This time the casualties were the gracious trees that lined and shaded the street.  Emily wrote “Maples and elms lined our Summer Street in the old days..the green tunnel which was our street before the trees were cut down in 1927, to allow for widening the thorofare. Summer Street was the Boston Road which superseded the Bay Path as a highway from Plymouth to Boston.”

Her cousins Mary W. Drew and Jennie McLauthlen (Kingston’s first librarian) made their position clear in this handbill, but to no avail: the proposal was approved, the street widened, and the trees all taken down.

Handbill about the removal of trees required by a proposed project to widen Summer Street, March 1927

Sources: Photos from the Emily Fuller Drew Collection MC16. Handbill from Vertical Files OC2 “Summer Street.” Additional information from Street Files TOK6 “Summer Street.”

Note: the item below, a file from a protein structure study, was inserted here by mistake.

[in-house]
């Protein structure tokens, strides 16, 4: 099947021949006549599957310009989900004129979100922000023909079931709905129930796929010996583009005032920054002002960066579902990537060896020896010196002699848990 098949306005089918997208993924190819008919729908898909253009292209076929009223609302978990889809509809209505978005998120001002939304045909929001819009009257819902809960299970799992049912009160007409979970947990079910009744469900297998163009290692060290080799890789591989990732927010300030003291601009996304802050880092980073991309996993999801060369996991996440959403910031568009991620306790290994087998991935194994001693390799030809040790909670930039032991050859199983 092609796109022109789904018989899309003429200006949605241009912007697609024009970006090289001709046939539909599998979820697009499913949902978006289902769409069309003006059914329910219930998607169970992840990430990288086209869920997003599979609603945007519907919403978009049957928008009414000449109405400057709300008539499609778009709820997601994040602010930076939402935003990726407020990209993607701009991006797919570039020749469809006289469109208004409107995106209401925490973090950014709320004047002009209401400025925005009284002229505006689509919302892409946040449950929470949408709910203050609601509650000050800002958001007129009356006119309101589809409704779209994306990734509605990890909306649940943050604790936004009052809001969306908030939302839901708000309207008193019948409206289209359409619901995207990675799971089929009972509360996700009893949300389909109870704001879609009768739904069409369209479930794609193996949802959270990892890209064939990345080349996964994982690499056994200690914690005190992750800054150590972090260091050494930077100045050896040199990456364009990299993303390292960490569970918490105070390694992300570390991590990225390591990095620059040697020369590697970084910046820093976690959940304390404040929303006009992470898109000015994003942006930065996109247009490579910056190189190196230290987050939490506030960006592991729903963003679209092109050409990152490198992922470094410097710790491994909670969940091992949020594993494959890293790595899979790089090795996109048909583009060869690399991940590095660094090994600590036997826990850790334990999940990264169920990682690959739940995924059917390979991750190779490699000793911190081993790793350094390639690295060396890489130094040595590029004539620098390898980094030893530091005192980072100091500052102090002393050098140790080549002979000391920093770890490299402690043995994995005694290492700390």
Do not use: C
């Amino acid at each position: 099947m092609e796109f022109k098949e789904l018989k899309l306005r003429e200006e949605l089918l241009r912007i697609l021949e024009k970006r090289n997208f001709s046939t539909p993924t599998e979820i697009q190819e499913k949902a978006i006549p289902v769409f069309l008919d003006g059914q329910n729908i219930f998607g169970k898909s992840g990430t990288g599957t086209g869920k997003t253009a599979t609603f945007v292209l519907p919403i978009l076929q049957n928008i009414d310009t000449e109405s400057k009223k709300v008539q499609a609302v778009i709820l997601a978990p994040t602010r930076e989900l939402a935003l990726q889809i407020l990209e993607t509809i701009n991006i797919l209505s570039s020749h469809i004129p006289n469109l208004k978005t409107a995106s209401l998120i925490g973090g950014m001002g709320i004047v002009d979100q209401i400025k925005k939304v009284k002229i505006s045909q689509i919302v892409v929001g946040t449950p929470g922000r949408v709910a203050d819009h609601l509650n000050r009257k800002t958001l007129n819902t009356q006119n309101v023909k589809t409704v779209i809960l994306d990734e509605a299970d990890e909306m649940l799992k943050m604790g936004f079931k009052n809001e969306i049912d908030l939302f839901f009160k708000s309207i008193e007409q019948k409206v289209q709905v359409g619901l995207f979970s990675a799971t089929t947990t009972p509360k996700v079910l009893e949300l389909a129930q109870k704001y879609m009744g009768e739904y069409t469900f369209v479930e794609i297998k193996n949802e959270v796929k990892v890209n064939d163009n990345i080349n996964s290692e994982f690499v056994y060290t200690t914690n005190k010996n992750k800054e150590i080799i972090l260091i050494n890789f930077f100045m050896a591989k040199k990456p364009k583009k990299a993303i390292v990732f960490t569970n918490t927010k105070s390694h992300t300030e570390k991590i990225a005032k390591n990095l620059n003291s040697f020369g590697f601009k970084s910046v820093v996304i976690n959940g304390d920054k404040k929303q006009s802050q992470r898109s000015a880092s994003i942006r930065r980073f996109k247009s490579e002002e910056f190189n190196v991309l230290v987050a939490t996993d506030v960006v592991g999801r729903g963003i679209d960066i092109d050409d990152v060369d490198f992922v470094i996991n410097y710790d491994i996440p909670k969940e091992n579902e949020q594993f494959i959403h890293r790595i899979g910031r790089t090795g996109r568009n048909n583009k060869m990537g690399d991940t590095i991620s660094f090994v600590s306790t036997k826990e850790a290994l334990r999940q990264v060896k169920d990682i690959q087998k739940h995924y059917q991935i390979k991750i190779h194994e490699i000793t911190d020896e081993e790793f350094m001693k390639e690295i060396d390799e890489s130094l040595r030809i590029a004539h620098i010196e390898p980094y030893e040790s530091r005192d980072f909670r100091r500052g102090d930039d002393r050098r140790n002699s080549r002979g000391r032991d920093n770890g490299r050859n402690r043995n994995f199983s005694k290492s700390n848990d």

Black and white photo of a dirt road with trees. A house and a church are on the left side of the road

Seeing double

Seth Washburn House, corner of Evergreen and Summer Streets, c. 1865
Seth Washburn House, corner of Evergreen and Summer Streets, c. 1865

 

In the Local History Room we have a number of stereoscopic photographs, known as stereographs or stereoviews. These prints feature two nearly identical images, side by side, typically mounted on a 3.5-by-7-inch card. When viewed through a stereoscope, they create the illusion of a single three-dimensional picture. They were popular among commercial and amateur photographers from the late 1850s to the 1920s.

The three stereoviews featured here belong to a series called “Views of Marshfield and vicinity” by M. Chandler of Marshfield.

 

Main Street, looking south, c. 1865
Main Street, looking south, c. 1865

 

Thomas Hill, looking north, c. 1865
Thomas Hill, looking north, c. 1865

 

 

Source: Images from the Local History Room Image Collection (IC7).